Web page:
Rodney Stuckey Is Caught Between A Rock And A Hard Place

Rodney Stuckey

Rodney Stuckey (photo. Tom McKenzie)

UPDATE: Chad Ford is reporting that Rodney Stuckey is “balking at the Pistons’ 5-year, $40-$45 million offer.”

As a guard and then a Pistons executive, Joe Dumars is experienced at building Detroit into a winner and what parts such a run require. Not all of those parts are always easy to work with, and Dumars understands that playing with Isiah Thomas. But he’s proven his savvy as a GM in that same regard, turning Chauncey Billups from a journeyman to a building block after his arrival in 2002.

If he wants to turn Detroit, 30-52 during a contentious 2010-11 season, into a contender again for the final Eastern Conference playoff spot, he knows a first step would be keeping Rodney Stuckey as his premier guard. But at what cost?

The restricted free agent is going through his first negotiation of his career with agent Leon Rose, whom he hired this summer. Reports from the Motor City show he believes his market value is near $10 million per year, about a million less than teammate Ben Gordon‘s deal but a million more than Mike Conley‘s contract he signed with Memphis in November 2010.

Is Stuckey worth it? Certainly. He’s durable, playing at least 70 games in his three-year career, and averages 13.6 points per game in that time with a career-high 5.2 assists per game last season.

As a big, 6-5 point guard, Stuckey matches up well with the league’s trend of smaller starting guards, especially in his division with Derrick Rose, Darren Collison and Brandon Jennings. And Detroit’s resigning of Tayshaun Prince shows it wants to make a serious try at a playoff spot under new coach Lawrence Frank and owner Tom Gores. Stuckey knows any shot at a run will include him, and wants to use that to his advantage in negotiations.

Meeting with reporters last week, Dumars flinched when asked if the goal was the playoffs, saying: “Huh? We’re sure going to try.”

But Stuckey is a fulcrum upon which the Pistons’ playoff hopes teeter. Signing him to a mid-level exception of $5 million each year for four years seems out of the question because the contracts that surround him — with Gordon, who devolved into a role player under John Kuester, as a prime example — makes a deal like that look like an insult.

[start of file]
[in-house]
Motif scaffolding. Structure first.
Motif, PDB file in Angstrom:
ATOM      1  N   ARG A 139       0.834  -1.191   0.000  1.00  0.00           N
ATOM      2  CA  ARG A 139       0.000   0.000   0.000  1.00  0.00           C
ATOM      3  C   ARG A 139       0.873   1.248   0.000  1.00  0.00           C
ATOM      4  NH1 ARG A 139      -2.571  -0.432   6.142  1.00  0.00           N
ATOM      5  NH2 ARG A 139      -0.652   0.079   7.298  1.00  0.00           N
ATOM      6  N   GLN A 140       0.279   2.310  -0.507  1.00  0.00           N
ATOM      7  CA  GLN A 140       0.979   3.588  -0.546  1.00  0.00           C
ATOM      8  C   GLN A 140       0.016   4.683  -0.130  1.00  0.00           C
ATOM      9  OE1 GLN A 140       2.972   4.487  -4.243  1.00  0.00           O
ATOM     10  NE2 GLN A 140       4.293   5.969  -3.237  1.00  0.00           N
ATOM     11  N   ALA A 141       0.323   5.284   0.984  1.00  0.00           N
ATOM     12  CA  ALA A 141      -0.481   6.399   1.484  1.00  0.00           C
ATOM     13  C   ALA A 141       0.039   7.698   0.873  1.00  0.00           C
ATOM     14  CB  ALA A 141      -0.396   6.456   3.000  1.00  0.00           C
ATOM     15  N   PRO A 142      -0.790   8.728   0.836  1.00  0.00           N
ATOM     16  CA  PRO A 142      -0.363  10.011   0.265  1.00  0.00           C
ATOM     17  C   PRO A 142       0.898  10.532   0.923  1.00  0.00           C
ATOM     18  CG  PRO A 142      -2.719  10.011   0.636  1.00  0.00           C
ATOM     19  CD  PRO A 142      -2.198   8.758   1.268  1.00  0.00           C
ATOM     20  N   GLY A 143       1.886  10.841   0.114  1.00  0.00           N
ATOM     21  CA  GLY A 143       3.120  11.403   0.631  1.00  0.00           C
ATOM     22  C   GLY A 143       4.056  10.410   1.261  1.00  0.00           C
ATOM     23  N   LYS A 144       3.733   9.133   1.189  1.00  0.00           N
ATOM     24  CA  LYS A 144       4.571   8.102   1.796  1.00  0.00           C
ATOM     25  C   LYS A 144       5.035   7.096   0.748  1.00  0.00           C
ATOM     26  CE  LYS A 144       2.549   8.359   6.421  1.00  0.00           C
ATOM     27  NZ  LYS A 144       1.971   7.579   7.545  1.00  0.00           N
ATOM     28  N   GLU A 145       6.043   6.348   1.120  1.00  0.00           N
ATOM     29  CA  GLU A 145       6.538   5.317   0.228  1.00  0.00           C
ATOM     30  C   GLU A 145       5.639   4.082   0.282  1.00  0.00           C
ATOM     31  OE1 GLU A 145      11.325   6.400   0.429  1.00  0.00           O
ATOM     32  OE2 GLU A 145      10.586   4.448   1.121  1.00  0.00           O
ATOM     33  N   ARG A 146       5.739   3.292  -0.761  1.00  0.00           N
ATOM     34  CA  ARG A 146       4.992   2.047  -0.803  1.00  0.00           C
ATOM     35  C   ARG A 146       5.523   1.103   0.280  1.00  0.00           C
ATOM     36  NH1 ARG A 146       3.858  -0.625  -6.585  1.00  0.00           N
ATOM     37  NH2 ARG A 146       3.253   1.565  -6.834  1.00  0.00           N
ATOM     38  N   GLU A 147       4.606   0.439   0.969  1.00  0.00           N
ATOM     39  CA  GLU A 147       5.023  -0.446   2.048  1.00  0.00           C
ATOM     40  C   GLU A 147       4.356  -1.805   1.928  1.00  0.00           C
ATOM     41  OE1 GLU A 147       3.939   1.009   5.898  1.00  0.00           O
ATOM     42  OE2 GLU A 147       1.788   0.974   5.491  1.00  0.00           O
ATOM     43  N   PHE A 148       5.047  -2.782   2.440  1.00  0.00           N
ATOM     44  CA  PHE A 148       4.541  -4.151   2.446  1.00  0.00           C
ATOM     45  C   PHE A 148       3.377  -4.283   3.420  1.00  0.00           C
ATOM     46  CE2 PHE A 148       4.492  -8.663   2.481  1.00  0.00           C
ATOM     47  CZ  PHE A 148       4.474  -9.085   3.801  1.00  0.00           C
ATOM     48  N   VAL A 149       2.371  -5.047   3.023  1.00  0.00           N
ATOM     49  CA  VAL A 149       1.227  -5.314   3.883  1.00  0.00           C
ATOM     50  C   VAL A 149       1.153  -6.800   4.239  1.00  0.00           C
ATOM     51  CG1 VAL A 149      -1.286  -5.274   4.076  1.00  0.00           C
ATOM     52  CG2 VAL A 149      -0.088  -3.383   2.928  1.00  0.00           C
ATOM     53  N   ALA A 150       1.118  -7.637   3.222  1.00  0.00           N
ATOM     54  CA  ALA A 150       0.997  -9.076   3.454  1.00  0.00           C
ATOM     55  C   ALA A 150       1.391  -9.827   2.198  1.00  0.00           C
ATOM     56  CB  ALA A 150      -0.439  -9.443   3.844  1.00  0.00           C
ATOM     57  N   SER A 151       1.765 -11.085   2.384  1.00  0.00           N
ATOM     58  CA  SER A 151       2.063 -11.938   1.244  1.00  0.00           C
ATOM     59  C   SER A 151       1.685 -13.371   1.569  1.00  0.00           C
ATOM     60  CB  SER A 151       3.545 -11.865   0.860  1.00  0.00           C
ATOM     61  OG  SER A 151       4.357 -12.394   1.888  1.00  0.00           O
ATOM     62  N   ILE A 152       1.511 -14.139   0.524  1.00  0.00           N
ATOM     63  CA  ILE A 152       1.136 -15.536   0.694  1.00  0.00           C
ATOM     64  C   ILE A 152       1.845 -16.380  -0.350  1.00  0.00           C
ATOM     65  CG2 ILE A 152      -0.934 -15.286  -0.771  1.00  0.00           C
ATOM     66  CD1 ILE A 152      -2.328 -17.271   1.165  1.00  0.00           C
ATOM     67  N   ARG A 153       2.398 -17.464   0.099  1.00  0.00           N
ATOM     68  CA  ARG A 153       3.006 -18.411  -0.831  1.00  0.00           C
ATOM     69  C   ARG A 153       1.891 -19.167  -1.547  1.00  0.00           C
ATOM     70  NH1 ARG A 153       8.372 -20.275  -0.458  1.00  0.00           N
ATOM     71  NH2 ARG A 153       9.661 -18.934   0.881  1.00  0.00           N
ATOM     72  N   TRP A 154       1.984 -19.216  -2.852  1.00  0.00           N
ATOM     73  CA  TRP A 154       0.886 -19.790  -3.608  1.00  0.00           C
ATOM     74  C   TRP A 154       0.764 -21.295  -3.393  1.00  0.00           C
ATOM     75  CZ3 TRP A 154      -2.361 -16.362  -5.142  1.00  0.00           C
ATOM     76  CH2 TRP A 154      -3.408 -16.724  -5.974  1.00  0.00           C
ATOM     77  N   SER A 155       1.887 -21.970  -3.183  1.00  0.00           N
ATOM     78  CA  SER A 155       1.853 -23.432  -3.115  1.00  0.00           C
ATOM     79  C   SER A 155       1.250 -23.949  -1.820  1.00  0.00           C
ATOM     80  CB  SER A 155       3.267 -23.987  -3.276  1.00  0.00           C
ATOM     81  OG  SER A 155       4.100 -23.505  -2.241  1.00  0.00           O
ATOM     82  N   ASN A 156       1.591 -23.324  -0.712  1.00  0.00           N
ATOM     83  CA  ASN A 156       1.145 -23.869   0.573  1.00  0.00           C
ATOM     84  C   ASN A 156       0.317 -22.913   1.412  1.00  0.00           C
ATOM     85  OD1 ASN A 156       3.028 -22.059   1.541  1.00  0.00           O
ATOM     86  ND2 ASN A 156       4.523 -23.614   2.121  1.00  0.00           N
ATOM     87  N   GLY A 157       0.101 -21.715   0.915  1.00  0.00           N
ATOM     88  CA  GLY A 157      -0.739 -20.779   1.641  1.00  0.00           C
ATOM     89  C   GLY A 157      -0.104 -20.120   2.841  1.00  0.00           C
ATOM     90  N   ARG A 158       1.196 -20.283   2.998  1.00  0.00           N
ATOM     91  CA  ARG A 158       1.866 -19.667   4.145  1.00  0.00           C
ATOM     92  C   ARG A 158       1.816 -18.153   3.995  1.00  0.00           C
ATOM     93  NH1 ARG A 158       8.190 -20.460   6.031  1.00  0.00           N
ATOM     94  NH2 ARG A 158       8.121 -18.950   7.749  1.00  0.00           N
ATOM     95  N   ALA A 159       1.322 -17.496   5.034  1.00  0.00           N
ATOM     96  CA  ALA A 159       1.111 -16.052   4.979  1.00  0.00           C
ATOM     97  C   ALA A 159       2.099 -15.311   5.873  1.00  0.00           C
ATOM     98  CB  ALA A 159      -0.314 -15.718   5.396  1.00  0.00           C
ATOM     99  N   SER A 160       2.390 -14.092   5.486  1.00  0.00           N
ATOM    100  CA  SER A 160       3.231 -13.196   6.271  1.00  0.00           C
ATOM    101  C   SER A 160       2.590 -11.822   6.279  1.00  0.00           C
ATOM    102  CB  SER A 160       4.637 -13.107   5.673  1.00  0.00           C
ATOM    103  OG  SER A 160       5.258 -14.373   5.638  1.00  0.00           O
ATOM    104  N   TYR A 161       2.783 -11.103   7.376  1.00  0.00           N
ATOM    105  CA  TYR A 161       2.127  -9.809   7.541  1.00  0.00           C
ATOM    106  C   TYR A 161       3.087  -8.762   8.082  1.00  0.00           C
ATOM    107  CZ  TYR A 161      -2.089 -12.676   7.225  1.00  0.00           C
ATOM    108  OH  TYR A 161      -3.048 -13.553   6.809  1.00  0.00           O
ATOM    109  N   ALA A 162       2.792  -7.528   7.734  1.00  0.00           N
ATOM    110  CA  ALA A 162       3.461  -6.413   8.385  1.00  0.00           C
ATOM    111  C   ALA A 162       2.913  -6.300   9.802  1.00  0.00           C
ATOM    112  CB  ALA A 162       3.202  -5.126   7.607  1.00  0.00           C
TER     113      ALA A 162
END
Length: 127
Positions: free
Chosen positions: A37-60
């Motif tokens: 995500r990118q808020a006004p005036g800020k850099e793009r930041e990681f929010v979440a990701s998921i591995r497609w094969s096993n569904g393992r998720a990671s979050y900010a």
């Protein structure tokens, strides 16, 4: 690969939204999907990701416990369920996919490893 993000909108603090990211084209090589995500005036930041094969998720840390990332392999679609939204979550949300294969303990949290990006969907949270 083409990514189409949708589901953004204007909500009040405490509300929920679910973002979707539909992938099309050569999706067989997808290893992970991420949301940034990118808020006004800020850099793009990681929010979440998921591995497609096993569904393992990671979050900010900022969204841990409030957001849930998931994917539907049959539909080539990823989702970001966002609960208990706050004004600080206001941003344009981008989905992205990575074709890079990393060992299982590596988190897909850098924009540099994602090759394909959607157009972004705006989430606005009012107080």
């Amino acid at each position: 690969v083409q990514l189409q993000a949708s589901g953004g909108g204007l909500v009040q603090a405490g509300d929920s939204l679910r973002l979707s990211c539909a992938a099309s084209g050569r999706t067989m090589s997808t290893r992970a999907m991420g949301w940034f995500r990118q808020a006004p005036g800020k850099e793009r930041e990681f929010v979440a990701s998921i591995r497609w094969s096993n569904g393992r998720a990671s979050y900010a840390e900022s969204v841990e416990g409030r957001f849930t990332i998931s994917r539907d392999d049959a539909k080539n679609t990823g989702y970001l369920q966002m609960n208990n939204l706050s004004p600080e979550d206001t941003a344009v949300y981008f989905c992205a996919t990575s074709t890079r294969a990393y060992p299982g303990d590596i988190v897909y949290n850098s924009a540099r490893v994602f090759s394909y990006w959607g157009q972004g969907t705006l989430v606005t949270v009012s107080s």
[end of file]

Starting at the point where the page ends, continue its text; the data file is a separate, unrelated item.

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Rodney Stuckey

Rodney Stuckey (photo. Tom McKenzie)

Detroit should want him, but whether they need everything that comes with his play is a question for Dumars. Stuckey’s worth dives when the ball is out of his hands. Kuester couldn’t save the Pistons last year – or his job – in part because he couldn’t manage the mercurial Stuckey. Among his worst hits from last year were a benching in November against Atlanta for ignoring Kuester, refusing to enter the game in the fourth quarter in April against Chicago, and not showing up for practices and mocking Kuester from the bench later in the season.

If Detroit wants to pay him between a mid-level and a Gordon, Stuckey may feel his best offer is on the open market, where Detroit can match any offer sheet he signs; in effect, he and Rose could force the Pistons’ hand and truly judge their loyalty. The problem is any testing of the market will be met with reluctance stemming from leaguewide memories of his attitude problems.

There’s another scenario that could be the best option — even though it’s the one Stuckey surely doesn’t want and could leave the team exposed, as well.

The scenario is a one-year qualifying offer of $3.8 million. It allows Stuckey to become an unrestricted free agent next summer, and in the best of both worlds, sets up long-term payday for the him and a short-term playoff spot for the team this year.

He’d be underpaid now, but he’d certainly have something to play for, whatever his clashes with previous management. There’s no question Stuckey is good enough to be a catalyst for the Pistons this year, under the right contract. It’s just a matter of opinion — Dumars’ or Stuckey’s — how the “right” contract is defined.

What do you think is a fair deal for Stuckey?

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